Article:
Re: Jingle mail a U.S. (and British) disease?
Be interesting to compare and contrast home lending behavior, defaults and bank / government agency losses to, say, Australia, where home loans are recourse loans. If a wealthy individual did what is talked about here, the bankruptcy judge would review their lifestyle and sell everything but the cheap furniture, one car, tools they use in their trade, un-enroll the family from the "medigap"-like private plan for the well-to-do ("you’ll use the public ward like the rest of us"), deny them funds to send their children to private school, and garnishee everything but the basics until the note was paid in full. And they tend to publicize these cases to discourage future speculative behavior (beyond the individual’s ability to bear the loss).
The only notes the bank struggles with are entry-level homes made to the "poor deserving" who obtained some welfare underwriting and then had a personal disaster, breadwinner dying or dead, etc. And since home values didn’t plunge (because the government controls number of new home permits) the actual loss to the banks is minimal (home quickly resells). I’ve had reasons to visit with some of the bankers in Western Australia and they tell me that their collateralized mortgage obligations are still selling like hotcakes, demanding a premium on the world.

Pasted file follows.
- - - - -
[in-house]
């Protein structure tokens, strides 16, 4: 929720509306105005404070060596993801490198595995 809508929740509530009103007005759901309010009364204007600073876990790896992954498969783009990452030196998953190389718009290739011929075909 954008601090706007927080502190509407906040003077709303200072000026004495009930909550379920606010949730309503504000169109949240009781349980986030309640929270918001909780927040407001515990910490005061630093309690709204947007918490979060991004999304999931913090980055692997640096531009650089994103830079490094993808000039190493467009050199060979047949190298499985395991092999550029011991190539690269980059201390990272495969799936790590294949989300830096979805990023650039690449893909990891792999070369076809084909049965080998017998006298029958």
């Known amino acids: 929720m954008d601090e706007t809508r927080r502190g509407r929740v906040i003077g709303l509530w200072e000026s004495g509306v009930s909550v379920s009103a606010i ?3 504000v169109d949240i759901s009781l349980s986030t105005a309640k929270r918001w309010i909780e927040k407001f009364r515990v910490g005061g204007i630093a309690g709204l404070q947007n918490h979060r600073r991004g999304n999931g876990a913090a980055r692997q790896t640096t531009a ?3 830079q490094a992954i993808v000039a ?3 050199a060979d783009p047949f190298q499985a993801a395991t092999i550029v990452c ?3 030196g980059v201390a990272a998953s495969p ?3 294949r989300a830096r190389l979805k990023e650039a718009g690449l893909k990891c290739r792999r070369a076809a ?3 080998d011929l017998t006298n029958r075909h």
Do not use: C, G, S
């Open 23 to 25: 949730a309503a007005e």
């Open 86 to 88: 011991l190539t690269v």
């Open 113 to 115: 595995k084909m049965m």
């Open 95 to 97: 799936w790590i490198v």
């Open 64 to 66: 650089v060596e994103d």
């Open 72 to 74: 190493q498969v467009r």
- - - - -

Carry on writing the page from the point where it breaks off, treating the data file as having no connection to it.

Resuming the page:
It seems that when we protect the borrower from taking a haircut, little good results. What’s the inverse of regulation? Out of control acceleration? Seems regulators/regulation need not all be of the “slow down” variety.